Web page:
There are over $13 trillion in government bonds around the world, including Denmark, Germany, and Japan, at the moment that offer yields below zero, which means that investors who purchase these bonds and hold them to maturity will not get all of their money back. As a flight to cash takes place, investors should bear in mind that while amassing cash in a portfolio will undoubtedly reduce volatility, it does not provide the counterbalancing effect in a portfolio that bonds provide when equities fall.

Negative interest rates and investment

Negative interest rates matter, as they inevitably prompt banks and other investors to buy things that are very much like money—short-term debt of ultra-safe governments and fixed income-focused exchange-traded funds (ETFs). Negative rates have different effects on ETFs. As an economy contracts and a negative interest rate policy is implemented, government and investment-grade fixed-income ETFs flourish, while the price of high-yield bond ETFs falls.

If the negative interest rate policy accomplishes its goal of increasing lending, interest rates climb as the economy improves. In this case, an improving economy with increasing interest rates is likely to boost the price of high-yield bond ETFs while the price of government and investment-grade fixed-income ETFs decreases.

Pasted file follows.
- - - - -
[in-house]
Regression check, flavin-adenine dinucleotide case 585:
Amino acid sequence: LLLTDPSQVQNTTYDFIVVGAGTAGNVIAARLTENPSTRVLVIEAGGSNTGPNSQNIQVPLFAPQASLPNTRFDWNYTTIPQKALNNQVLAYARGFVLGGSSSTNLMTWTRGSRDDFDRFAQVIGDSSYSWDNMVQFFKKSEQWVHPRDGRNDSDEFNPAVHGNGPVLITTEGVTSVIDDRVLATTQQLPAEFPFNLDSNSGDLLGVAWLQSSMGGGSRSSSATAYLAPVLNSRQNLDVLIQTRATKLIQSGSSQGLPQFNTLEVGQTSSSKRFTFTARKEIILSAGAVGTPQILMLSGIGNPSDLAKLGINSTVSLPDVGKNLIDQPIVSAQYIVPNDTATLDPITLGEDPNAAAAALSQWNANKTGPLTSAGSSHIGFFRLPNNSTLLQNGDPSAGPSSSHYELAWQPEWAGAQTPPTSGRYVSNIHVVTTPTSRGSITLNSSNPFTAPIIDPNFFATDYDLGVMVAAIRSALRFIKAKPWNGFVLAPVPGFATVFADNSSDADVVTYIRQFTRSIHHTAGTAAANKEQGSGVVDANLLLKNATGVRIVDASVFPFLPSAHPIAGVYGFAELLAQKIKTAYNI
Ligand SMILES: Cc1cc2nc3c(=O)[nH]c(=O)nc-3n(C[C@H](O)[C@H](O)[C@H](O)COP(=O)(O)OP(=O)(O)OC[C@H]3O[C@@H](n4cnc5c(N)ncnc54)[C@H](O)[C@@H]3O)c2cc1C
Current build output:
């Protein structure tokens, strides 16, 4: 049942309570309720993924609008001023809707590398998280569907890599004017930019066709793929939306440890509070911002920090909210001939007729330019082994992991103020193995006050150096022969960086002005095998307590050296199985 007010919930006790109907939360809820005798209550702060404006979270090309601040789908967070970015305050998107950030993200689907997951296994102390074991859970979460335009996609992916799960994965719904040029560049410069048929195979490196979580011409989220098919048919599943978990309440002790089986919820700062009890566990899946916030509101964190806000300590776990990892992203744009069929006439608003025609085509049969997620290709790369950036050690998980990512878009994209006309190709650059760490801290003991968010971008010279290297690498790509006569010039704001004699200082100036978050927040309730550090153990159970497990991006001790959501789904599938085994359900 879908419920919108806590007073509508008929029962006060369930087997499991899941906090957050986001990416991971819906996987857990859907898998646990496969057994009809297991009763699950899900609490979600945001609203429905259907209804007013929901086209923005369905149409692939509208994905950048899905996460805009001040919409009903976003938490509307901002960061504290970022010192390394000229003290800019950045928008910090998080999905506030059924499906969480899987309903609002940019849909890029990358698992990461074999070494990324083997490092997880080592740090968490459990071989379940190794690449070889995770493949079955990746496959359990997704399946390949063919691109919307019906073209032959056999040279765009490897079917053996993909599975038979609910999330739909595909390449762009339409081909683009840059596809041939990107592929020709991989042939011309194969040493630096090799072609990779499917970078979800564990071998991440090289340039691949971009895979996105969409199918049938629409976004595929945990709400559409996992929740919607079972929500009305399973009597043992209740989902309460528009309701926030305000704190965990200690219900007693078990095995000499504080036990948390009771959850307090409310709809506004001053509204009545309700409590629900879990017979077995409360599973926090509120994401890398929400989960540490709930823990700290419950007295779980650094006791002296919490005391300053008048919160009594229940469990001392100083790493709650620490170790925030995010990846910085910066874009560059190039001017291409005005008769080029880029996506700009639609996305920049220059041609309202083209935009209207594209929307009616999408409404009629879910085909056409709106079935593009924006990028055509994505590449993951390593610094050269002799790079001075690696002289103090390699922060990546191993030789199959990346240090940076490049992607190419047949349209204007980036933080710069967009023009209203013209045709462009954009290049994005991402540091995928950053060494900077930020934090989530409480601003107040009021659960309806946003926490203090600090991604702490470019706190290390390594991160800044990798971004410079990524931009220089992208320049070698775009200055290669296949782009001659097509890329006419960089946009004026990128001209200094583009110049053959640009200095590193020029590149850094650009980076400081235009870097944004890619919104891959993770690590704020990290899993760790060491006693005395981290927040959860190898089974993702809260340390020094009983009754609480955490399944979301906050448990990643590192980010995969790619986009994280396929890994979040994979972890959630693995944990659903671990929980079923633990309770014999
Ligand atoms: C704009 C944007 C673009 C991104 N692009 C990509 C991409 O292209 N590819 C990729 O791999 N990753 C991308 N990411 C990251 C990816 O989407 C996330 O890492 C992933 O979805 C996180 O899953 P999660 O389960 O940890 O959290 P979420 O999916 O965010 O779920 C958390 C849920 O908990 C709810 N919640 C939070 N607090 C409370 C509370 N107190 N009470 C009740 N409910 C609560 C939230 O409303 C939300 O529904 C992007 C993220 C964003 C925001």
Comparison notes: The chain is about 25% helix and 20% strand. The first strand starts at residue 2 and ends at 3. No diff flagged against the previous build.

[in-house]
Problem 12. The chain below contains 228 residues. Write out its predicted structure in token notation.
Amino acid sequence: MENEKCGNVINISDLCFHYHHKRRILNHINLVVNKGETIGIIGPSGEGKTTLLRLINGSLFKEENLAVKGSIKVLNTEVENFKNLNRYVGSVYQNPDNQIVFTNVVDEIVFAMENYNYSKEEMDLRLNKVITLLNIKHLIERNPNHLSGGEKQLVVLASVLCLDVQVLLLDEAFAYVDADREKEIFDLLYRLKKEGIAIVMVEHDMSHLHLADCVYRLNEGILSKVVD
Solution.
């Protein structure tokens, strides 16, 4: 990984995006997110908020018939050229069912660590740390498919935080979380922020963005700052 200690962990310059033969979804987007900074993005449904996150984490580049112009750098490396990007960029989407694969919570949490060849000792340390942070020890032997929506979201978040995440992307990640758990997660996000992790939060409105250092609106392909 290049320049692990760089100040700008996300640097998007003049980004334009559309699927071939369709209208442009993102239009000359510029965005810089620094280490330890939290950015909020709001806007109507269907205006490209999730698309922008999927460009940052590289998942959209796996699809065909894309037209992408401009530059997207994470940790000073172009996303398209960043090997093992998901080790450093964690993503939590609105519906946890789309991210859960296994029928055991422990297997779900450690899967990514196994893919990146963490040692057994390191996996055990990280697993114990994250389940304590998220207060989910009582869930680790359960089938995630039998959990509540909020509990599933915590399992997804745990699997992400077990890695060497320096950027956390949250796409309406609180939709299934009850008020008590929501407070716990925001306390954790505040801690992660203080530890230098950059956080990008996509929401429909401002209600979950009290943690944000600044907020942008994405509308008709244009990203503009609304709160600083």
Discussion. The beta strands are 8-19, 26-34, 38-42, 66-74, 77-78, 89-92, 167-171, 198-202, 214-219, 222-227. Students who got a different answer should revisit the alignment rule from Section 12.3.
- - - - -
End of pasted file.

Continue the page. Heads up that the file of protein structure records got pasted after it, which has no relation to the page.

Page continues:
Although the relationship between interest rates and the stock market is fairly indirect, in theory, declining interest rates should boost stock markets. When rates fall, investors are forced to look elsewhere for yield and are likely to turn to the stock market. However, that has not been the case empirically in regions that have entered the uncharted territory of negative rates. The only market to actually witness a gain since establishing negative rates has been Denmark.

Real estate investors encounter a counterintuitive quirk

Negative interest rates and record low government bond yields have provoked a pronounced change in long term capital allocation strategies across institutional investors. This creates an arduous environment for investors looking for stability and yield and compels them to take riskier investments. The real estate market, especially in the U.S., has emerged as one of the top safe havens for foreign capital.